Upon sitting down at the bar we are immediately greeted with both good and bad news.  The good – a woman next to us discovers an actual pearl in one of her oysters. Really, she showed us.  The bad – Nel’s assistant politely advises us that Nel is not a fan of Elana’s iPhone and to “put it away before she gets angry.”  Elana (wisely) refrains from explaining to the assistant that we are merely using her camera function on the iPhone. Thus, pictures of the food could unfortunately not be captured for this review.  Myself and my family spent the next 15 minutes trying to figure out if Nel actually saw the iPhone or if the assistant was acting rogue on this one.  In retrospect, it is a comical scene – yet at the time, we feel like we may be in Nel’s penalty box for the techy infraction – she has already served two other groups with food that have come in after us.  “I think we are ready to order now” – Mom says, and Nel finally takes our requests. Nonetheless, big time service demerit here.

For appetizers, we order a dozen raw clams on the half shell as well as clams marinara, which, as the menu claims, are hot and spicy.  The raw clams were extremely fresh – which is part of their whole act.  Upon ordering the claims, Nel heads over to a shucking station – a center island inside the bar where tons of clams are kept on ice, shucked, rinsed and served within nanoseconds.  With some horseradish, cocktail sauce, and lemons – they are delicious.  Dad agreed – opting to couple his clams with a mere dash of Frank’s red hot.  The clams marina are good – little neck clams sitting in a pool of hot marinara – however they were not “hot and spicy” as advertised.  This appetizer comes with bread for mopping up the sauce – a nice bonus for a hungry Italian family.  The marinara sauce is solid, but nothing to write home about.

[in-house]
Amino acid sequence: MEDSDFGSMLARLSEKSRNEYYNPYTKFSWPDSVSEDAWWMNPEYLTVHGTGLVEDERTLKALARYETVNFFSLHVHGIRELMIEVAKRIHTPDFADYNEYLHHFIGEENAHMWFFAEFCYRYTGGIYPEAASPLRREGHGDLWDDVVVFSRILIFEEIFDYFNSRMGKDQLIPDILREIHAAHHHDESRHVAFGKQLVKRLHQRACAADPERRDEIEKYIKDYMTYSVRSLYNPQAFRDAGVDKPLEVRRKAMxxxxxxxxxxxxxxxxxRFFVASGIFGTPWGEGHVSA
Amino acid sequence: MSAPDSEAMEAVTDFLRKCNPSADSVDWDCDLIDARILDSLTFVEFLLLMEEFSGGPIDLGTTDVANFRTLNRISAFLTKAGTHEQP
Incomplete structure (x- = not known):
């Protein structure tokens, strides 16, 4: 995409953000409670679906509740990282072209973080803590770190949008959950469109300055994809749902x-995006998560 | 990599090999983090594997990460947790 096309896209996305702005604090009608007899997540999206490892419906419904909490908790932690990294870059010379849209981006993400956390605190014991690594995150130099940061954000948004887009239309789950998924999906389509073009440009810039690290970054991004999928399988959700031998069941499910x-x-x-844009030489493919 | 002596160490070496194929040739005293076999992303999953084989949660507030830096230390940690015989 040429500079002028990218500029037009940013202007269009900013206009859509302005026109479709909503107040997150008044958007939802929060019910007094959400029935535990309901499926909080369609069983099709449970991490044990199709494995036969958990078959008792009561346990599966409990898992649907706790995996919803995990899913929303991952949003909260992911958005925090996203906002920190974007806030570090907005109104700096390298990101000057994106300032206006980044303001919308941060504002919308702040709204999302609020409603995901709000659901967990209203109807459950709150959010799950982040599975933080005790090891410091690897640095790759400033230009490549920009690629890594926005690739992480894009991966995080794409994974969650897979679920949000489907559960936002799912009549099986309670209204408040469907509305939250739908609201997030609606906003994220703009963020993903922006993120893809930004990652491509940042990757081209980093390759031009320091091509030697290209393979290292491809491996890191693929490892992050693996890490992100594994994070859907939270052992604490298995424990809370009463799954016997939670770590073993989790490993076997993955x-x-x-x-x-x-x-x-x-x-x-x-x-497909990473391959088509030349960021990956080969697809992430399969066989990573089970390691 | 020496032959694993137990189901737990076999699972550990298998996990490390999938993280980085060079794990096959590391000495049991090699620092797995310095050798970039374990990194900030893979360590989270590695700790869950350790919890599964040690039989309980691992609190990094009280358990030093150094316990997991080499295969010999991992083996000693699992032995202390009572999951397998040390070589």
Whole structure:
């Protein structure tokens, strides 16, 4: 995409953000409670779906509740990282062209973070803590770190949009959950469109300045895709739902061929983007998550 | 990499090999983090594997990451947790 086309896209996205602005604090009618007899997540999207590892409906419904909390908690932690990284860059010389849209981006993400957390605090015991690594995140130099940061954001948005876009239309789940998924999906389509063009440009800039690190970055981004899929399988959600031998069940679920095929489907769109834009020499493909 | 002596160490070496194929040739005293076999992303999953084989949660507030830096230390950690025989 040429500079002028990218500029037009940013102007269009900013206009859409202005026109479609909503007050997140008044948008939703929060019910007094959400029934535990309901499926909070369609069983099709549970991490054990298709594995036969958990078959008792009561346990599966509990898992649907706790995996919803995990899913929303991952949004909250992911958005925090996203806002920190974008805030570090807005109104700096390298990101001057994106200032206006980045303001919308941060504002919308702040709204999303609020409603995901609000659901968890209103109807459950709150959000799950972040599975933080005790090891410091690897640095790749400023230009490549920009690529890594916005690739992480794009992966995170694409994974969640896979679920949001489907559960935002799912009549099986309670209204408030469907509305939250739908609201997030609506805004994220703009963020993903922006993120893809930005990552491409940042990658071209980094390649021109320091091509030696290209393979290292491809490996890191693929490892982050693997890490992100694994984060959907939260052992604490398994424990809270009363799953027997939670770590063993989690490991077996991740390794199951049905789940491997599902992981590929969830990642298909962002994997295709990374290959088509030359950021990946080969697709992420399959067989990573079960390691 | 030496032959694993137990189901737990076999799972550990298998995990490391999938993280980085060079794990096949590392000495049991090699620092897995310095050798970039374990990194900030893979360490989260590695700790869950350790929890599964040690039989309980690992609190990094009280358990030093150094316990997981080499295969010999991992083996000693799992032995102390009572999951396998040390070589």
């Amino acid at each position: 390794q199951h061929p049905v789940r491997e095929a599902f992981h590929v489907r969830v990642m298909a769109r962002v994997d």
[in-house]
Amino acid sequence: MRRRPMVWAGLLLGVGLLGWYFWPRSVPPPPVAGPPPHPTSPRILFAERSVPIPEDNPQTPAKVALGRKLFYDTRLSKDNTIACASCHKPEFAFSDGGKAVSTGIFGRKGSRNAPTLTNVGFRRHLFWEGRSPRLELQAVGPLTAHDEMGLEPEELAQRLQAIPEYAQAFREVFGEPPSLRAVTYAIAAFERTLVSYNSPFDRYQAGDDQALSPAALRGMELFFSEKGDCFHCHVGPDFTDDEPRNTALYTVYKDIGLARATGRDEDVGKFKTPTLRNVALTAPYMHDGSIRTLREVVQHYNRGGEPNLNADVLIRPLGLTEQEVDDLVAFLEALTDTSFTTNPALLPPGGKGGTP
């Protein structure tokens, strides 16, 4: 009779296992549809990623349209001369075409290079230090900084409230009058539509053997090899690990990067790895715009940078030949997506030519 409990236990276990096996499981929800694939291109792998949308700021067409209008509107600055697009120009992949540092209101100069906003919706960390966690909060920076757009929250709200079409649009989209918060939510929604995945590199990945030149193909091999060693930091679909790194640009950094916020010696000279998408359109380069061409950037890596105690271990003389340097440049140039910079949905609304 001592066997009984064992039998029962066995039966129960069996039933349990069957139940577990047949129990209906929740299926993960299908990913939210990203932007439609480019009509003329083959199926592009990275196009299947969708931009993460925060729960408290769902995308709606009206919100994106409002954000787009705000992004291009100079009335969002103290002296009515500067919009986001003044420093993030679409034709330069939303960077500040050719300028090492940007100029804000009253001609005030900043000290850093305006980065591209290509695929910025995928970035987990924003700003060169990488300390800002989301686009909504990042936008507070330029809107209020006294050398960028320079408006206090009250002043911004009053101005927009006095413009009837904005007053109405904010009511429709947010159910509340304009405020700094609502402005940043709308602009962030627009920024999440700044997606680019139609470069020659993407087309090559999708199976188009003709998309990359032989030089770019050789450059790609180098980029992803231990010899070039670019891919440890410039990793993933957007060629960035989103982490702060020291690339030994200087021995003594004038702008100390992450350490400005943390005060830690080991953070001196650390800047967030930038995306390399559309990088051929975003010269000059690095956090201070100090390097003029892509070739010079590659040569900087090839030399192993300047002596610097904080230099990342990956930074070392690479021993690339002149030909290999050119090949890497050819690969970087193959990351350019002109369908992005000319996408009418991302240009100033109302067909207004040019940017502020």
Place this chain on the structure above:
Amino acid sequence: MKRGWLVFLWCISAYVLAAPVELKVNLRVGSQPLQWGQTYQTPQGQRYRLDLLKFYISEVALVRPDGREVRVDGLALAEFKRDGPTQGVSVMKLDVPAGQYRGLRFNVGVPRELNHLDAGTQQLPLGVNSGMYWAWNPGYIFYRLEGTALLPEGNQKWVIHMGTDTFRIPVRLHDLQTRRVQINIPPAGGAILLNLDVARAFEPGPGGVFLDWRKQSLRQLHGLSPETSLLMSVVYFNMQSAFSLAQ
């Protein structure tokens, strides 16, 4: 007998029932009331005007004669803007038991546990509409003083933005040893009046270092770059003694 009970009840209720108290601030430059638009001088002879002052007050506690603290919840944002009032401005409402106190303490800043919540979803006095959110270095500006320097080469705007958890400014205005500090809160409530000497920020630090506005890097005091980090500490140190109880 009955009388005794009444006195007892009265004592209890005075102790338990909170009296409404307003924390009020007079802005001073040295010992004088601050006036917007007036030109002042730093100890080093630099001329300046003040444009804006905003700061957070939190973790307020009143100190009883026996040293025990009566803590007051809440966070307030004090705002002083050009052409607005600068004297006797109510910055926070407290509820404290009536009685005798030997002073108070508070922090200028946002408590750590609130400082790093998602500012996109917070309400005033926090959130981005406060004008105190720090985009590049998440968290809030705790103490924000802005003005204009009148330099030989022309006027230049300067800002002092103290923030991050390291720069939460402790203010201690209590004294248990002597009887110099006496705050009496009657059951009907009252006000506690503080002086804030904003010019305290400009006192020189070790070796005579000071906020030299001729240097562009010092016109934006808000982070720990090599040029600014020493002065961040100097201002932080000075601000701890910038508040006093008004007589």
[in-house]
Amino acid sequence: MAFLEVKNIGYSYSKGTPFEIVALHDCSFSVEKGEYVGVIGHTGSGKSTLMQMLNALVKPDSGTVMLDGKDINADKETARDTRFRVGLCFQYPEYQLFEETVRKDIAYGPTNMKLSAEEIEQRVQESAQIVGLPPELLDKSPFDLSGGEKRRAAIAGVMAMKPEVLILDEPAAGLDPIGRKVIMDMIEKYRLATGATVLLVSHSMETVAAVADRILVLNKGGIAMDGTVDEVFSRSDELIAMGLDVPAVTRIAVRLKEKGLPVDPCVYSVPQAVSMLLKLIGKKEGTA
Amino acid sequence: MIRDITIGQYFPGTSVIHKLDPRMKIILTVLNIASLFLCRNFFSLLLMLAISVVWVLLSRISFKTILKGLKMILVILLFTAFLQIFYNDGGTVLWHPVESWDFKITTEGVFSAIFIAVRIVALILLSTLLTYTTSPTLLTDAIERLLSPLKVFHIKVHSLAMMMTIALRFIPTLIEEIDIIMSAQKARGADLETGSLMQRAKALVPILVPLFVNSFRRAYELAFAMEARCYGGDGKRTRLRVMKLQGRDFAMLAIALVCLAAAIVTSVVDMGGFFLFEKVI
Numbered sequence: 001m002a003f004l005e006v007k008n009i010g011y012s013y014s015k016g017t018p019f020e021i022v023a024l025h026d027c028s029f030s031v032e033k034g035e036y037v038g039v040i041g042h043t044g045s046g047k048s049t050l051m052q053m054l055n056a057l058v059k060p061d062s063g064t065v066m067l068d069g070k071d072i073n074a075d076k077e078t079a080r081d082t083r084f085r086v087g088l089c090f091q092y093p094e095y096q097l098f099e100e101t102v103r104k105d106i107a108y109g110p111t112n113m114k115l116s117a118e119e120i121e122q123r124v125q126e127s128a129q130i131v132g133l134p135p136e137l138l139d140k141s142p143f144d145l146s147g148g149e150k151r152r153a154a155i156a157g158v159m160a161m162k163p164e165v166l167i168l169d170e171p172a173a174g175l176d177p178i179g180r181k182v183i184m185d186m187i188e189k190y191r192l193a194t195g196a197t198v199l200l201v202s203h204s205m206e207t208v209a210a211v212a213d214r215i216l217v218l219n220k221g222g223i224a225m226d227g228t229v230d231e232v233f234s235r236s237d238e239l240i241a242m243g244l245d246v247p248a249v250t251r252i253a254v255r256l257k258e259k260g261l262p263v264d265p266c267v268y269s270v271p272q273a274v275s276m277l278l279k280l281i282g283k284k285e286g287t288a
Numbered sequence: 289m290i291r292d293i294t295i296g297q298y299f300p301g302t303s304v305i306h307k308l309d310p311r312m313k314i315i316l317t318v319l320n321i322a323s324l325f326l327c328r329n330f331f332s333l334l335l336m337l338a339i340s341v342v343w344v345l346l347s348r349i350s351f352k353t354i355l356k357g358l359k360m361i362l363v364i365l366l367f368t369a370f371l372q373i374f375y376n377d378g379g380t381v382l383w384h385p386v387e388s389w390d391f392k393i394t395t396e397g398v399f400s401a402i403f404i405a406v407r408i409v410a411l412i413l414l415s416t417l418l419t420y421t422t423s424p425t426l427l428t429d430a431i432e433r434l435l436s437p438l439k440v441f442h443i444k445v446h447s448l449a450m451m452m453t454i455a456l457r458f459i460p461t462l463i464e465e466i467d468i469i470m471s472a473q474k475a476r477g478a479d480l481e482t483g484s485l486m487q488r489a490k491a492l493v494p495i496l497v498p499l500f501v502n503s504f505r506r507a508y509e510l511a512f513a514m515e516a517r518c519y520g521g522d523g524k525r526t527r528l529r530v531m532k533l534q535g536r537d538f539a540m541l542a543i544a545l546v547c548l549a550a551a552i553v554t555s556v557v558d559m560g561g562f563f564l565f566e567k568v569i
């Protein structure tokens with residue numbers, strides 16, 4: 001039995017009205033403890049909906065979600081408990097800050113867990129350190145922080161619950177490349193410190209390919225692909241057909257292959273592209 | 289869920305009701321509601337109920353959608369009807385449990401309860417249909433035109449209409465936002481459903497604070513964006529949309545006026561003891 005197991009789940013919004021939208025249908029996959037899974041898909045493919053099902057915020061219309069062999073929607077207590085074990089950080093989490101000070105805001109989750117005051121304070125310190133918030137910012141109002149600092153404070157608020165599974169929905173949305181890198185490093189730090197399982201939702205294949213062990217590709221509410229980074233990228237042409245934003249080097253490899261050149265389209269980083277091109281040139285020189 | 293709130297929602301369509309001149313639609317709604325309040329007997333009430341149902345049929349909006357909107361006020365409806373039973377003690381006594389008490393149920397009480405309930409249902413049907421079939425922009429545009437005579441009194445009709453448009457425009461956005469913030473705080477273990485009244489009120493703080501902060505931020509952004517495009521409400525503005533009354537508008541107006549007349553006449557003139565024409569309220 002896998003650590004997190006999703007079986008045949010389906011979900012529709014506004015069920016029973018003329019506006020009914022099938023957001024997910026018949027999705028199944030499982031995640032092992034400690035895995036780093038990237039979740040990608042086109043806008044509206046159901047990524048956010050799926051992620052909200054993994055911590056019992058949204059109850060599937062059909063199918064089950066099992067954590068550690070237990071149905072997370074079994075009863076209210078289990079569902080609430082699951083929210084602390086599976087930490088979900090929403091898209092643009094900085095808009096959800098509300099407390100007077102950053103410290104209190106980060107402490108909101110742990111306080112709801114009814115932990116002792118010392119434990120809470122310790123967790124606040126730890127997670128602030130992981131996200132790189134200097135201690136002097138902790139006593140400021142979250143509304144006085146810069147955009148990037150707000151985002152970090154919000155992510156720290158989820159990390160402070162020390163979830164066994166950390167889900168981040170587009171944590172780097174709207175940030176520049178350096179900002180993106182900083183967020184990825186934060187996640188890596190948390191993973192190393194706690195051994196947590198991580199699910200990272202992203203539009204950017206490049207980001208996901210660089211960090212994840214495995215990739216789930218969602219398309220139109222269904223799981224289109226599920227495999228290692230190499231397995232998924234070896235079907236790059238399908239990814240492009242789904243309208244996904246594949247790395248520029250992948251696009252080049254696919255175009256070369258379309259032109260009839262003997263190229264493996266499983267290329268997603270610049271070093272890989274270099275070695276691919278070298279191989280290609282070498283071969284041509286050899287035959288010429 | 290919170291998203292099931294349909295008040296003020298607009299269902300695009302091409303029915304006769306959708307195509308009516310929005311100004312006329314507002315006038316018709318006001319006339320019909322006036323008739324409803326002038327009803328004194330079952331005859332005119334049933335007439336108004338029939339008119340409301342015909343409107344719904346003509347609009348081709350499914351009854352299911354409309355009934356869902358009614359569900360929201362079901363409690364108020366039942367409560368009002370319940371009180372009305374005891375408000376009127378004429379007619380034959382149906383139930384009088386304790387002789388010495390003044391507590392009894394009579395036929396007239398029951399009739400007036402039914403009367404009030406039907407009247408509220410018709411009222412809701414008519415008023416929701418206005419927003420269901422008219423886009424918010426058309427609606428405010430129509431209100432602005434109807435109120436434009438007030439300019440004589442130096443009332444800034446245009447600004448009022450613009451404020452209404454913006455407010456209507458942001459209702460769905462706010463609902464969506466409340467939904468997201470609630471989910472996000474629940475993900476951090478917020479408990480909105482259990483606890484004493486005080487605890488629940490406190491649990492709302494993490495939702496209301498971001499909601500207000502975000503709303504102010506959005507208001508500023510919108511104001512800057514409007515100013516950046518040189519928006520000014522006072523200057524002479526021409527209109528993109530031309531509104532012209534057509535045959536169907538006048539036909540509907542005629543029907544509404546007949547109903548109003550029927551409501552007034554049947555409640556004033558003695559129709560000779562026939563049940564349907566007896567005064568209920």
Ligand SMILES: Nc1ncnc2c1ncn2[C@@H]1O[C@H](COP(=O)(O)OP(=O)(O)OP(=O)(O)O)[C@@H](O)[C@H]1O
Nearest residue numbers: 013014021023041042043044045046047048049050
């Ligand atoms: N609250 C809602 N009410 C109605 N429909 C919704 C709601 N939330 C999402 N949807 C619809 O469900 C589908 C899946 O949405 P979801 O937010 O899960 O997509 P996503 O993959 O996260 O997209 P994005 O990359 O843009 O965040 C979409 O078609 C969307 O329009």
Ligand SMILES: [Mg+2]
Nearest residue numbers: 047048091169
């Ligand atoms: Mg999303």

The dinners are also strong – Elana ordered shrimp cocktail – the ones that require the customer to do the peeling him/herself.  Yet she did not love the Dijon mustard sauce, which she found to be bland, but really liked the consistency and taste of the shrimp.  Myself and Mom went with some fried heavy hitters – Mom ordered the shrimp, and I got the scallops.  They each come in a plastic basket, served over a couple thousand fries.  Both are extremely tasty – a perfect brown cornmealish crust surrounds these treats and lends itself to good consistency.  The scallops have a snap to them, yet are still juicy and filling.  Dad goes for the Soft shell crab sandwich.  The crab meat was small in its portion at times and tough, yet had excellent sauce & tomatoes.  Lastly, the french fries were quite satisfying – not too greasy or soft, nor charred or overcooked.  I, myself, could have used a little more natural salt flavor with the fries, but everyone else disagreed with me.

We did, however sneak the iPhone into the bathroom for a couple of pictures.  Nel had no idea.


Ultimately, The Clam Bar is a worthwhile experience.  It’s unique, down and dirty, local atmosphere combined with fresh, above average food, make it a fun, casual place to go should you find yourself at LBI during the summer. The food is affordable and it is BYO, as well.  Just don’t piss off Nel!

Overall Experience – The Big Lebowksi